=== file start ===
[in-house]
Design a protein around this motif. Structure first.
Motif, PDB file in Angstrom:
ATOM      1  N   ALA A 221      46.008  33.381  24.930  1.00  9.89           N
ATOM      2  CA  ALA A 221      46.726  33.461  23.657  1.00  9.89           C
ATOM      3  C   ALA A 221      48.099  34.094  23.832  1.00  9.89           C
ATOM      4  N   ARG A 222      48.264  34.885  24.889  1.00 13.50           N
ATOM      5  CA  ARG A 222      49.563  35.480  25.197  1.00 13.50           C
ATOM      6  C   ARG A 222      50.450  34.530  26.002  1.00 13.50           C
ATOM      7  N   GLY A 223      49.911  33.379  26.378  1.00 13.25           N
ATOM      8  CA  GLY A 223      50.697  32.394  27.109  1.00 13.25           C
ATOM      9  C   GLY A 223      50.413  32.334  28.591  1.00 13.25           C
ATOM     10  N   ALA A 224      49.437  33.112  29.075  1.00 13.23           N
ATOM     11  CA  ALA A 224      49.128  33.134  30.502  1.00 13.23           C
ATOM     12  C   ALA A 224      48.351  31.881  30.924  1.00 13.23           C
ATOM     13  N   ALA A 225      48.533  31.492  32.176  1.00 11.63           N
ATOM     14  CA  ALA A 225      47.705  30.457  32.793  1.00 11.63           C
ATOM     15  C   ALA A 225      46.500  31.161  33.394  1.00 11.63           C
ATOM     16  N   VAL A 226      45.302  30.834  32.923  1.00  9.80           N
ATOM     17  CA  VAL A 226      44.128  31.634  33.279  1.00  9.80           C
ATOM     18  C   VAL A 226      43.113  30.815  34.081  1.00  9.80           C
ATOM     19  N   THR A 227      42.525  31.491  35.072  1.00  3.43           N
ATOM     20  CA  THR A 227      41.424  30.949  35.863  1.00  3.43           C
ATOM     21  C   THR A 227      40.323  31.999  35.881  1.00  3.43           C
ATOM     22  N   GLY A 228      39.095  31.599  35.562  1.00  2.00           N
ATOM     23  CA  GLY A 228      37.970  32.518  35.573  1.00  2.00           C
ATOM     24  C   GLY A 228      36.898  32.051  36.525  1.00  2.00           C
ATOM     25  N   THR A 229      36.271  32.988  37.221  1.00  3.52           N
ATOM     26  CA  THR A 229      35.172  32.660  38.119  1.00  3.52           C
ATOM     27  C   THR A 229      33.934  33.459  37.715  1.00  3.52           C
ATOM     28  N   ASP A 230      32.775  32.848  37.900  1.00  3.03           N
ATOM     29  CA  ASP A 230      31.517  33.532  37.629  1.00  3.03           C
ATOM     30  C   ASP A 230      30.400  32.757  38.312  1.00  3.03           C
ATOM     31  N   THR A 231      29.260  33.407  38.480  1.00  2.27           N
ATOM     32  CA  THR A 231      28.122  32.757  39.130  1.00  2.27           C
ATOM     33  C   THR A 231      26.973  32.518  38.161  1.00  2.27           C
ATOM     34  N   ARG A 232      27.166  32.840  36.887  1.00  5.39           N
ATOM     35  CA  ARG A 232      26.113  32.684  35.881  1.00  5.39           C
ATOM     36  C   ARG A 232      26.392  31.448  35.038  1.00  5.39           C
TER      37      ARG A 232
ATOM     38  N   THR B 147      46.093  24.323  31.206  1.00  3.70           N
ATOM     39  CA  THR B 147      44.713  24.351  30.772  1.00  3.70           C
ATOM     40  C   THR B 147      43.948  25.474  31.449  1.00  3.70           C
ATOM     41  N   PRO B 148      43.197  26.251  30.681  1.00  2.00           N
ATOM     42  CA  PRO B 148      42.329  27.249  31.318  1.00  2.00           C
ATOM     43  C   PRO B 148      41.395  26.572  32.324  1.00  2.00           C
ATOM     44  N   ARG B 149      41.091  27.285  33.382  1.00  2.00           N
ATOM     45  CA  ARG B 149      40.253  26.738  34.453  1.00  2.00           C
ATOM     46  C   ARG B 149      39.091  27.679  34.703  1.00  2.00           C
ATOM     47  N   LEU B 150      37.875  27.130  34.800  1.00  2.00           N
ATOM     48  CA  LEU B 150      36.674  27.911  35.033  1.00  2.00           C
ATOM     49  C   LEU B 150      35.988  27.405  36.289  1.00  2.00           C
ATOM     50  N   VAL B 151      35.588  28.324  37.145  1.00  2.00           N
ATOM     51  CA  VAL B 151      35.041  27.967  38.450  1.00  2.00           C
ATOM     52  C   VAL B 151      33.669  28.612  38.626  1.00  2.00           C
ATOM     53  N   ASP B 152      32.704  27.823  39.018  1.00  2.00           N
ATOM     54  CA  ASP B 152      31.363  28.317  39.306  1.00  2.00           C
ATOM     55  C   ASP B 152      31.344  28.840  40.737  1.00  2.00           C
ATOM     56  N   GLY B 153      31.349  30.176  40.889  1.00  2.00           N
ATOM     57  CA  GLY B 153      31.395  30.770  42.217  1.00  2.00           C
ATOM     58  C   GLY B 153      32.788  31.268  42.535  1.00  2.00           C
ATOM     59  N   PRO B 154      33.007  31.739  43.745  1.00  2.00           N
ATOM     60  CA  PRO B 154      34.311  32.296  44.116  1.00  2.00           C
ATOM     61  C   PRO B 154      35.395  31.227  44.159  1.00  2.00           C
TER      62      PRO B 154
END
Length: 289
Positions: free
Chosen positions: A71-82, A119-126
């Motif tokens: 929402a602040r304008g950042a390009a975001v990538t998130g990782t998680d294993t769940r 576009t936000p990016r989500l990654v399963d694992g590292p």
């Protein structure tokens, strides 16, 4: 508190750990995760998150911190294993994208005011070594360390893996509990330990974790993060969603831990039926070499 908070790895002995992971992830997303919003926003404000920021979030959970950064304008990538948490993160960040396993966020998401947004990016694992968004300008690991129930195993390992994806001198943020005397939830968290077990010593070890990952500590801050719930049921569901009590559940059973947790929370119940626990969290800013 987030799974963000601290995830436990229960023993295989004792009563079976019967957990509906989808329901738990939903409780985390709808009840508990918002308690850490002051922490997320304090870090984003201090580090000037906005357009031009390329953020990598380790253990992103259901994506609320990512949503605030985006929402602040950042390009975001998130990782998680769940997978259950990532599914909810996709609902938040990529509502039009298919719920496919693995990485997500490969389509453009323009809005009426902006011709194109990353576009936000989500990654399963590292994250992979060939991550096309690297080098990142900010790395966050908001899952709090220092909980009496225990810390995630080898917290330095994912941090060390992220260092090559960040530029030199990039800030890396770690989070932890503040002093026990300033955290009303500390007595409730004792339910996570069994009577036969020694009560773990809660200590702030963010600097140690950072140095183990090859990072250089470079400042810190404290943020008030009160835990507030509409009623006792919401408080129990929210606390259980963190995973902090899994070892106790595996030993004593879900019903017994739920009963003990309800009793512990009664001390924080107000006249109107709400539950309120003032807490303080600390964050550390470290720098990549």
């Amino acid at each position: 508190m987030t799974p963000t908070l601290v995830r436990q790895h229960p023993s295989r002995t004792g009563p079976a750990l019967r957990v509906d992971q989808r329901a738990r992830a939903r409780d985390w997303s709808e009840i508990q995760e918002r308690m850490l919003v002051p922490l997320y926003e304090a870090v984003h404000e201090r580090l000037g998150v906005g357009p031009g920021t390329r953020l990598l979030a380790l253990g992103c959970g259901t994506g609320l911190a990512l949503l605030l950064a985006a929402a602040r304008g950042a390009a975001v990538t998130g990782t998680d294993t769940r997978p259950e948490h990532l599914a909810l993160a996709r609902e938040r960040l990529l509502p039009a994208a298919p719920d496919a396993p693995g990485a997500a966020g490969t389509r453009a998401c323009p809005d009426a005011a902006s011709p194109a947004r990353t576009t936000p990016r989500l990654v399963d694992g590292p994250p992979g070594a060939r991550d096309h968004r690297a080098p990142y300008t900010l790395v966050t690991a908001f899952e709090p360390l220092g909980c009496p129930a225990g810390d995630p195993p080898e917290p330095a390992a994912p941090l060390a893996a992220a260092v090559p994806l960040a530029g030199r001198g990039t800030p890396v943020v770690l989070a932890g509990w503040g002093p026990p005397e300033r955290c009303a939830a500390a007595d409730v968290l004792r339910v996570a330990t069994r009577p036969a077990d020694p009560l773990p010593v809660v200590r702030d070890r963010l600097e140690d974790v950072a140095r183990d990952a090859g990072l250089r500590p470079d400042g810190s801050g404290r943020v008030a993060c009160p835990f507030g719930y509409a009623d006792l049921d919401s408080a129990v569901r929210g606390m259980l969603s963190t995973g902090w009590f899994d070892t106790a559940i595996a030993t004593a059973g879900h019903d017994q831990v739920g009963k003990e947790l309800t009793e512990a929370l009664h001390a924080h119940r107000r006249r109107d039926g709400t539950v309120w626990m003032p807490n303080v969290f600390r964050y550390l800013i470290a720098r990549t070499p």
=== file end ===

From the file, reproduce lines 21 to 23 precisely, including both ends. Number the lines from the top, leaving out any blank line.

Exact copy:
ATOM     18  C   VAL A 226      43.113  30.815  34.081  1.00  9.80           C
ATOM     19  N   THR A 227      42.525  31.491  35.072  1.00  3.43           N
ATOM     20  CA  THR A 227      41.424  30.949  35.863  1.00  3.43           C